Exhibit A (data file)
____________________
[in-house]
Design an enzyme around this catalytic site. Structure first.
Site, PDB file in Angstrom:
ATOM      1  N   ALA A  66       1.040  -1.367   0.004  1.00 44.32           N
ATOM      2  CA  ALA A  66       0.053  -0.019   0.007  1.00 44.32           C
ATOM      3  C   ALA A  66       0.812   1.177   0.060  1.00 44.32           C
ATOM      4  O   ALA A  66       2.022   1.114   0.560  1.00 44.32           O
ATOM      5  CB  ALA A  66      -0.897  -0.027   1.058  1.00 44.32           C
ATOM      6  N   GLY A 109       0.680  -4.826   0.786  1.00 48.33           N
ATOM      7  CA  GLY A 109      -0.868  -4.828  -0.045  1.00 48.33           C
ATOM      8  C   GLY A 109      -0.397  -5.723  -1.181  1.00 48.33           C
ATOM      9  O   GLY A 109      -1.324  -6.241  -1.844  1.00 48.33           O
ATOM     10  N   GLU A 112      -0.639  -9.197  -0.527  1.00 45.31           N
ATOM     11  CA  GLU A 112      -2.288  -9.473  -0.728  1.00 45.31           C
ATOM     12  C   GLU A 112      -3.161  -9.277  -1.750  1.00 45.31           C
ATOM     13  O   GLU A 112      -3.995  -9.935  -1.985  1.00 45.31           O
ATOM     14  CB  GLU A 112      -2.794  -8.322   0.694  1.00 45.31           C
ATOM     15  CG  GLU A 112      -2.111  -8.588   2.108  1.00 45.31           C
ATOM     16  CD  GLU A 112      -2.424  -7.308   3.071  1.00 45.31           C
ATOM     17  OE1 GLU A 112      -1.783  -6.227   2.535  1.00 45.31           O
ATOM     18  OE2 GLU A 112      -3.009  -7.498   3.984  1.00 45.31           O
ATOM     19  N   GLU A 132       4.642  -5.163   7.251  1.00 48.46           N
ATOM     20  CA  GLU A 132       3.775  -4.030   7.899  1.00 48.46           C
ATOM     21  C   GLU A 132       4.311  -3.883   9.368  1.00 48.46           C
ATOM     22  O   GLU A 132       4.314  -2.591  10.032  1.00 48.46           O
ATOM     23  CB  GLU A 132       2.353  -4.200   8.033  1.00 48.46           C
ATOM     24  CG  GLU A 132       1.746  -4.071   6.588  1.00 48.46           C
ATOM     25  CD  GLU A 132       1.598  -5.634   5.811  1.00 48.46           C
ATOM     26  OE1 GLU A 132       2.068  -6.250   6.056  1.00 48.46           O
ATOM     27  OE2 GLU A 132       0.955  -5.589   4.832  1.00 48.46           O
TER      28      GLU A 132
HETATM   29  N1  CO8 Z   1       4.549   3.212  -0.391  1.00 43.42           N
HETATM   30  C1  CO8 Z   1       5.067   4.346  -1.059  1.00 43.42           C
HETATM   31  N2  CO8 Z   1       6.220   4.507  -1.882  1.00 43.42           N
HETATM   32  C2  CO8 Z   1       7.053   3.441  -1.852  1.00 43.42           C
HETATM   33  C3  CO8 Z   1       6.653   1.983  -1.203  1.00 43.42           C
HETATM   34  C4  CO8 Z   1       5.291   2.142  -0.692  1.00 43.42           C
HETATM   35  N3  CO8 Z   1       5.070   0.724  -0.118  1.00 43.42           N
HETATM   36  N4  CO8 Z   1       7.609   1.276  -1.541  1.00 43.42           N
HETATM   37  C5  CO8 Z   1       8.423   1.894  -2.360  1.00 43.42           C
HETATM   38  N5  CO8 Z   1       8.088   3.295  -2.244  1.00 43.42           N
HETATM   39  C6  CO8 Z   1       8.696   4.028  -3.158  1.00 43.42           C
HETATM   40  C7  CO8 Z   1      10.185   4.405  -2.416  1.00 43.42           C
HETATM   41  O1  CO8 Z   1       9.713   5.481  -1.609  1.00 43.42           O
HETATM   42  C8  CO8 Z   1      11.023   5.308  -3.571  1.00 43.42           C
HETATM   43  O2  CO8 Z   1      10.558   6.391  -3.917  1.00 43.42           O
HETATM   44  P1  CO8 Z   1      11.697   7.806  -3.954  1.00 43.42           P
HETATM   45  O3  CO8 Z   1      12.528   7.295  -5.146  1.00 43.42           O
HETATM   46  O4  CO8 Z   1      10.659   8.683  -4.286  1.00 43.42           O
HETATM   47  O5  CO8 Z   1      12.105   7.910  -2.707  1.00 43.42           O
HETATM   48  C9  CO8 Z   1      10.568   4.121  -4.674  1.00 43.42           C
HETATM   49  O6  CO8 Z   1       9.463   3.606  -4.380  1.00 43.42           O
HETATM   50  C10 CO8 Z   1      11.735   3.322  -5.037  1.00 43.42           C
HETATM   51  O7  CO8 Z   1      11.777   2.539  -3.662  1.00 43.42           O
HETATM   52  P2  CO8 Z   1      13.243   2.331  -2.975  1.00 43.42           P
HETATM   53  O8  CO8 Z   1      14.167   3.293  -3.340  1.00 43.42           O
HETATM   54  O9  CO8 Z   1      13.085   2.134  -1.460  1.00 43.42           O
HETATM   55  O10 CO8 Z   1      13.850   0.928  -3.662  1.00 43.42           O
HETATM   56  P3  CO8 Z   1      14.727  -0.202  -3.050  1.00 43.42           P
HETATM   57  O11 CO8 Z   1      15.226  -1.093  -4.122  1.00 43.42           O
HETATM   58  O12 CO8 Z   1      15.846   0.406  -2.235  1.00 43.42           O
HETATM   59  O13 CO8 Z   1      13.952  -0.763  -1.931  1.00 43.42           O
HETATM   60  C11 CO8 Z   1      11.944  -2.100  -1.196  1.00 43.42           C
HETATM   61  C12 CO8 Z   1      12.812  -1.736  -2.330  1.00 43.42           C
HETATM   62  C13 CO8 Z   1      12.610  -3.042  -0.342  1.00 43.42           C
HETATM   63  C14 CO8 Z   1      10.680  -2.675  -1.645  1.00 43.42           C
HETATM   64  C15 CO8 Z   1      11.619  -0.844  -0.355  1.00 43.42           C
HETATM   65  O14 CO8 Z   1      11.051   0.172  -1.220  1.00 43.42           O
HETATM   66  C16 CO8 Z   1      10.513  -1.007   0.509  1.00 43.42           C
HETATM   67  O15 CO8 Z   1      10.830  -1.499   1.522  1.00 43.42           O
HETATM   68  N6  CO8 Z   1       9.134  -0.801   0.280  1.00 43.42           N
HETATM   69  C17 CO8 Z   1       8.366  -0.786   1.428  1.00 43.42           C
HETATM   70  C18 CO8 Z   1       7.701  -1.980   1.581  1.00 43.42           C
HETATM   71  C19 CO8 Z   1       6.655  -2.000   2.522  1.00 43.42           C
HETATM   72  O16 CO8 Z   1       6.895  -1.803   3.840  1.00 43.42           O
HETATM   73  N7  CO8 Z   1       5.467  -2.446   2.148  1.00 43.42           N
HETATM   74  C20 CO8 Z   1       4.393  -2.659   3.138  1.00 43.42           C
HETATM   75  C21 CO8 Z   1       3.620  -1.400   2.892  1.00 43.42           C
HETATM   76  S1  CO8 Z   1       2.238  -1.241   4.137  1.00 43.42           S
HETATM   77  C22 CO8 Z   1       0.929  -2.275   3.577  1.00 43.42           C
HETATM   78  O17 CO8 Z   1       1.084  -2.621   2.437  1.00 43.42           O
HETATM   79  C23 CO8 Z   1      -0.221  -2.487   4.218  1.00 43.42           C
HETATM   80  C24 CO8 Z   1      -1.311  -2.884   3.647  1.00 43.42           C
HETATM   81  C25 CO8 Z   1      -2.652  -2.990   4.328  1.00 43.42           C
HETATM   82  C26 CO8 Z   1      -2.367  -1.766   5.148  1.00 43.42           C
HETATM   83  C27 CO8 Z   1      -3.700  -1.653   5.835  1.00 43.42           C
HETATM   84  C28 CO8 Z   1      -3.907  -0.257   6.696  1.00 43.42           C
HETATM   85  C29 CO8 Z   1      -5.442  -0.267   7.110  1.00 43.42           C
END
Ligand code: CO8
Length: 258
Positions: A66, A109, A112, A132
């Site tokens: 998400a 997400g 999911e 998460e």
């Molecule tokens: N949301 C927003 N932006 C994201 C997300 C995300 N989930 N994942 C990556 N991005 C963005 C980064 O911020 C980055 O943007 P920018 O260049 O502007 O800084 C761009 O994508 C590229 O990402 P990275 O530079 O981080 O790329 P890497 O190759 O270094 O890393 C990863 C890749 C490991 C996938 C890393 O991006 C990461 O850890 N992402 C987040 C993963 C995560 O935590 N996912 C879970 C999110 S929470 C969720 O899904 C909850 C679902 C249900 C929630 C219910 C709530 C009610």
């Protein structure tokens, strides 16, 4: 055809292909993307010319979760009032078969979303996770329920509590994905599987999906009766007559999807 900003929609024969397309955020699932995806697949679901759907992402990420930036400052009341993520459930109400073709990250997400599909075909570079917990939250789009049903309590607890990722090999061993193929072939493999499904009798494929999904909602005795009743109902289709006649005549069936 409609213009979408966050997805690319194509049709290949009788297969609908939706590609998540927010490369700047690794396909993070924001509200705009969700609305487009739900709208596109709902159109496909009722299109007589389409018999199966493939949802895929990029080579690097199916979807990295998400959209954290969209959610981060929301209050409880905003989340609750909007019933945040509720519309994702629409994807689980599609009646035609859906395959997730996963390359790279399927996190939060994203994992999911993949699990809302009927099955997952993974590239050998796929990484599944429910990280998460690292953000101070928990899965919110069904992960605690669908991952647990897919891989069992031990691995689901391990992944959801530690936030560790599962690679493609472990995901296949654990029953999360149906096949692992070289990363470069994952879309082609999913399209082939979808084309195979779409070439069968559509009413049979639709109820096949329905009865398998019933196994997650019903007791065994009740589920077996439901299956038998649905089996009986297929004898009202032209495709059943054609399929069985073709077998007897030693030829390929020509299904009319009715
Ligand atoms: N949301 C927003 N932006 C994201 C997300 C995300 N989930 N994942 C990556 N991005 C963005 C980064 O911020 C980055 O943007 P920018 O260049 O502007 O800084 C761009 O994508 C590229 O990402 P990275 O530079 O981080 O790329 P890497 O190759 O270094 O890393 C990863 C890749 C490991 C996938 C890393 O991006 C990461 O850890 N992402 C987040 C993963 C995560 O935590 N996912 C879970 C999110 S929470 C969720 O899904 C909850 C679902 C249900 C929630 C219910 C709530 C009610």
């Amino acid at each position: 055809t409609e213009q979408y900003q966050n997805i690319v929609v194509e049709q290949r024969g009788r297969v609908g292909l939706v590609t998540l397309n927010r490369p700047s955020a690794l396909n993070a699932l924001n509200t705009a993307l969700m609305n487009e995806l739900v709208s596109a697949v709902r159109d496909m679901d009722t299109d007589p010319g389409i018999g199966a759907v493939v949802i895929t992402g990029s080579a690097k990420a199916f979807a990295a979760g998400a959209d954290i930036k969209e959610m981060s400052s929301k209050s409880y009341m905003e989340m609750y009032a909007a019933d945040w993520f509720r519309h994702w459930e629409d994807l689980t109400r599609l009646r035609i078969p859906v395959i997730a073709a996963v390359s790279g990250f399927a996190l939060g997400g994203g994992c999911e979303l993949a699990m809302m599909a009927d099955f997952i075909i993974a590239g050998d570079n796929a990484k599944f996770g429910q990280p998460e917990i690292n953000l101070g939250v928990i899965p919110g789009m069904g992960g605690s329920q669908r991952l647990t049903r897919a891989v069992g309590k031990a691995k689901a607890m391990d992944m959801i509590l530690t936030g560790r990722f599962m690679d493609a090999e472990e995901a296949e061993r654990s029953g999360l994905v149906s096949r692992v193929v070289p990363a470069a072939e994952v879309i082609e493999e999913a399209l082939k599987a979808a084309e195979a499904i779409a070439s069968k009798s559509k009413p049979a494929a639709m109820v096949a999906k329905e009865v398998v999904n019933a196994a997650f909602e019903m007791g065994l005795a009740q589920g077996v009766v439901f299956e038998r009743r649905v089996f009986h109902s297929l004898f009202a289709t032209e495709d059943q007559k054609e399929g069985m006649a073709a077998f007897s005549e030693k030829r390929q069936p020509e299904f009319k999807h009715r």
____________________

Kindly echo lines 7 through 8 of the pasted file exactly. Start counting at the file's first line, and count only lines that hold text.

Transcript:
ATOM      4  O   ALA A  66       2.022   1.114   0.560  1.00 44.32           O
ATOM      5  CB  ALA A  66      -0.897  -0.027   1.058  1.00 44.32           C